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Interconnected power systems to boost clean energy use in Asia

By Ren Xiaojin | China Daily | Updated: 2018-10-17 10:13
Workers install solar power generation panels in Dinghai district of Zhoushan, Zhejiang province, on July 9. [Photo by Yao Feng/For China Daily]

Interconnected power systems will boost regional economic potential and promote the use of clean energy in Asia, experts said on Tuesday.

Liu Zhenya, chairman of the Global Energy Interconnection Development and Cooperation Organization, told the Northeast and Southeast Asia Energy Interconnection Development Forum held in Beijing that: "Northeast and Southeast Asia are the most active regions in the world in terms of economic growth. However, these areas have been facing several challenges like burgeoning energy demand, diminishing energy supplies, high dependence on fossil fuels and insufficient cross-border power transmission capacity".

Liu added that nearly 80 percent of the national energy supply of China, Japan and South Korea was dependent on imported oil.

"There are 65 million people with no access to electricity in Southeast Asia, while 250 million people still use wood and charcoal for cooking," he said. "Accelerating energy interconnection will effectively increase power supply, encourage clean energy transition, stimulate economic growth and promote integrated development," he said.

According to the newly released Northeast Asia Energy Interconnection Planning Research Report, the Northeast Asian region is home to several rich clean energy resources, mainly in Russia's far east, Mongolia and northern and northeastern China.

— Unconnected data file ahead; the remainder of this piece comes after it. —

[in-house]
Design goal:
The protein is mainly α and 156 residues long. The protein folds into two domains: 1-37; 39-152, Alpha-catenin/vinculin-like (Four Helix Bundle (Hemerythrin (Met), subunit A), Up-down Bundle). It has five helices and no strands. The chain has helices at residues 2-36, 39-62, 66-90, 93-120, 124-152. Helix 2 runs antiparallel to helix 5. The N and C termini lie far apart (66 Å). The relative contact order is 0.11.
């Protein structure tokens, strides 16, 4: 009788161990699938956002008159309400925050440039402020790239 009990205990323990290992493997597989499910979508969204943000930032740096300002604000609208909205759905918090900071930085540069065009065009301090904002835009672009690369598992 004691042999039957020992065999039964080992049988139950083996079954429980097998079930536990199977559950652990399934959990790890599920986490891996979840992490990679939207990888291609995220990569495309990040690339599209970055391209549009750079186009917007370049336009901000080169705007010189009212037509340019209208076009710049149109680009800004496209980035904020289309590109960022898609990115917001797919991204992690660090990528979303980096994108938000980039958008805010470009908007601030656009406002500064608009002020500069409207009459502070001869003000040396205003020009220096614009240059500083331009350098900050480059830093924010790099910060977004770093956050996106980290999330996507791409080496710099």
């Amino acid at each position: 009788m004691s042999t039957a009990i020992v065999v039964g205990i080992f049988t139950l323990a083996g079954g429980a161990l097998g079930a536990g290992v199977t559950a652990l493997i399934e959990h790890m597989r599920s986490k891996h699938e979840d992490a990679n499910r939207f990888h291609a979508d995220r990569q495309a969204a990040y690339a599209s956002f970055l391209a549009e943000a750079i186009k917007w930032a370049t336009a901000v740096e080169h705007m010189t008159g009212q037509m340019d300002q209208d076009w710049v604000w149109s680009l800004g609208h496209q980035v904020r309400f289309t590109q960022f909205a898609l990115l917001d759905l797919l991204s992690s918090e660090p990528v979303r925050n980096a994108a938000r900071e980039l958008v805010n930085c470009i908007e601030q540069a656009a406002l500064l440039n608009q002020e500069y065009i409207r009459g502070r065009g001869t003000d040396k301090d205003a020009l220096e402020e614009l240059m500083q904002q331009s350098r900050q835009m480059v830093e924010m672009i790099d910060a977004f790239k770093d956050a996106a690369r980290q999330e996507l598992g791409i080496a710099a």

"Only through inter-regional and cross-border large-scale power allocation can the demands of energy production and consumption be met," said the report.

Speaking on power interconnection in the Northeast Asia region, Gantulga Tudevkhuu, Mongolia's vice-minister of energy, said his country has inked a framework agreement with China on energy cooperation and this includes power transmission from Mongolia's coal, wind and solar power stations. It also includes the building of a 5,400 kilowatt power station.

"Energy cooperation is a win-win for both countries," said Tudevkhuu. "Electricity from the proposed future power station will be transmitted to Tianjin for onward distribution to other regions in Northeast Asia."

"We have already done the reliability report, and China has set up a representative center in Mongolia," he said. "Such projects will bring economic benefits to not only China and Mongolia but other countries also."

"Southeast Asia has been facing funding constraints in its efforts to interconnect the ASEAN power grid. Finance and technology from China will be helpful for these nations," said Ho Peng Choong, chief grid officer of the grid division at Tenaga Nasional Berhad, a Malaysian power utility company. With advanced technology and funding there are immense opportunities for China to participate, but it depends on how China approaches these countries, he said.

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